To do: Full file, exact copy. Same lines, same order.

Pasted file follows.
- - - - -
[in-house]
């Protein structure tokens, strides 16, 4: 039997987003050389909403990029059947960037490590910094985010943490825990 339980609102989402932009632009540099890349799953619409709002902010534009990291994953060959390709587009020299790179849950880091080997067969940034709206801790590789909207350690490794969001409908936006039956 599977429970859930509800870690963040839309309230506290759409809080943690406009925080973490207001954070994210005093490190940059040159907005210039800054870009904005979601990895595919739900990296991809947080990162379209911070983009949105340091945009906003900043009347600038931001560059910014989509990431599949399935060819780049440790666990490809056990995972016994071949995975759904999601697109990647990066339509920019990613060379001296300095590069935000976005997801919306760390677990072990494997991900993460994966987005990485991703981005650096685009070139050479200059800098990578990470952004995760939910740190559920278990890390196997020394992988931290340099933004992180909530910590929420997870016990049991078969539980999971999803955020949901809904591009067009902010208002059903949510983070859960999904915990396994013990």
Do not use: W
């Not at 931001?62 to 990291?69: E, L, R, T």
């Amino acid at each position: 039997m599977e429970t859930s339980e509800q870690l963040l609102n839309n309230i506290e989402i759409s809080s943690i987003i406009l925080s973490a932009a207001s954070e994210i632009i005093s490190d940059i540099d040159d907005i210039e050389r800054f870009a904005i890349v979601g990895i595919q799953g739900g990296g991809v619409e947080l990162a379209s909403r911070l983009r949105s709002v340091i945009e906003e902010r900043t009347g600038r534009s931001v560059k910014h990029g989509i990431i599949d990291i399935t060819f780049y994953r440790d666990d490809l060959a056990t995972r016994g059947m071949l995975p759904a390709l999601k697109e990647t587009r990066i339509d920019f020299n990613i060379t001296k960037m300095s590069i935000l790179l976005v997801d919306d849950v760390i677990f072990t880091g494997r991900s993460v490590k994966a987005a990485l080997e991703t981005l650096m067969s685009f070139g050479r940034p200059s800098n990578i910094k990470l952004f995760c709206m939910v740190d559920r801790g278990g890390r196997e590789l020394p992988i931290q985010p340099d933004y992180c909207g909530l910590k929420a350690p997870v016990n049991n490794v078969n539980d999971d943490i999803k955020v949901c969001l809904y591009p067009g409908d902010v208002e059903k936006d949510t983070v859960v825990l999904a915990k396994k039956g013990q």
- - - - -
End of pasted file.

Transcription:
[in-house]
């Protein structure tokens, strides 16, 4: 039997987003050389909403990029059947960037490590910094985010943490825990 339980609102989402932009632009540099890349799953619409709002902010534009990291994953060959390709587009020299790179849950880091080997067969940034709206801790590789909207350690490794969001409908936006039956 599977429970859930509800870690963040839309309230506290759409809080943690406009925080973490207001954070994210005093490190940059040159907005210039800054870009904005979601990895595919739900990296991809947080990162379209911070983009949105340091945009906003900043009347600038931001560059910014989509990431599949399935060819780049440790666990490809056990995972016994071949995975759904999601697109990647990066339509920019990613060379001296300095590069935000976005997801919306760390677990072990494997991900993460994966987005990485991703981005650096685009070139050479200059800098990578990470952004995760939910740190559920278990890390196997020394992988931290340099933004992180909530910590929420997870016990049991078969539980999971999803955020949901809904591009067009902010208002059903949510983070859960999904915990396994013990």
Do not use: W
């Not at 931001?62 to 990291?69: E, L, R, T």
């Amino acid at each position: 039997m599977e429970t859930s339980e509800q870690l963040l609102n839309n309230i506290e989402i759409s809080s943690i987003i406009l925080s973490a932009a207001s954070e994210i632009i005093s490190d940059i540099d040159d907005i210039e050389r800054f870009a904005i890349v979601g990895i595919q799953g739900g990296g991809v619409e947080l990162a379209s909403r911070l983009r949105s709002v340091i945009e906003e902010r900043t009347g600038r534009s931001v560059k910014h990029g989509i990431i599949d990291i399935t060819f780049y994953r440790d666990d490809l060959a056990t995972r016994g059947m071949l995975p759904a390709l999601k697109e990647t587009r990066i339509d920019f020299n990613i060379t001296k960037m300095s590069i935000l790179l976005v997801d919306d849950v760390i677990f072990t880091g494997r991900s993460v490590k994966a987005a990485l080997e991703t981005l650096m067969s685009f070139g050479r940034p200059s800098n990578i910094k990470l952004f995760c709206m939910v740190d559920r801790g278990g890390r196997e590789l020394p992988i931290q985010p340099d933004y992180c909207g909530l910590k929420a350690p997870v016990n049991n490794v078969n539980d999971d943490i999803k955020v949901c969001l809904y591009p067009g409908d902010v208002e059903k936006d949510t983070v859960v825990l999904a915990k396994k039956g013990q």